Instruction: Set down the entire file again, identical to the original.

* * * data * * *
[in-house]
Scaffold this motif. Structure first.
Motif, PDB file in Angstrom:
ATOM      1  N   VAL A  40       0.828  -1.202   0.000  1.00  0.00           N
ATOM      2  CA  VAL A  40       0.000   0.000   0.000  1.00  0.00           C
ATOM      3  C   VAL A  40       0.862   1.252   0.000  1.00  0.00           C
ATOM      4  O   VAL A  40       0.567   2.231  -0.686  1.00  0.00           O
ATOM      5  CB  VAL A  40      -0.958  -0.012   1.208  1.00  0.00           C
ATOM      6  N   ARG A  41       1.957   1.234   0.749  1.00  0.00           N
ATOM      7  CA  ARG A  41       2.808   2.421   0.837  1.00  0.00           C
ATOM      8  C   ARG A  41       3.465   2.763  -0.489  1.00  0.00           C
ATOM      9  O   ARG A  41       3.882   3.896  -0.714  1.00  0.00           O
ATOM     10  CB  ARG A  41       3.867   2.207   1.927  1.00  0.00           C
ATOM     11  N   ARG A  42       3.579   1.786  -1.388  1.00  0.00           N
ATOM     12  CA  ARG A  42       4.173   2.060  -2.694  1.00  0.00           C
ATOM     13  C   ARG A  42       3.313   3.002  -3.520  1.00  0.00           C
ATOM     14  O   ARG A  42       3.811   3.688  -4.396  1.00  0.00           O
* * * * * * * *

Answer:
[in-house]
Scaffold this motif. Structure first.
Motif, PDB file in Angstrom:
ATOM      1  N   VAL A  40       0.828  -1.202   0.000  1.00  0.00           N
ATOM      2  CA  VAL A  40       0.000   0.000   0.000  1.00  0.00           C
ATOM      3  C   VAL A  40       0.862   1.252   0.000  1.00  0.00           C
ATOM      4  O   VAL A  40       0.567   2.231  -0.686  1.00  0.00           O
ATOM      5  CB  VAL A  40      -0.958  -0.012   1.208  1.00  0.00           C
ATOM      6  N   ARG A  41       1.957   1.234   0.749  1.00  0.00           N
ATOM      7  CA  ARG A  41       2.808   2.421   0.837  1.00  0.00           C
ATOM      8  C   ARG A  41       3.465   2.763  -0.489  1.00  0.00           C
ATOM      9  O   ARG A  41       3.882   3.896  -0.714  1.00  0.00           O
ATOM     10  CB  ARG A  41       3.867   2.207   1.927  1.00  0.00           C
ATOM     11  N   ARG A  42       3.579   1.786  -1.388  1.00  0.00           N
ATOM     12  CA  ARG A  42       4.173   2.060  -2.694  1.00  0.00           C
ATOM     13  C   ARG A  42       3.313   3.002  -3.520  1.00  0.00           C
ATOM     14  O   ARG A  42       3.811   3.688  -4.396  1.00  0.00           O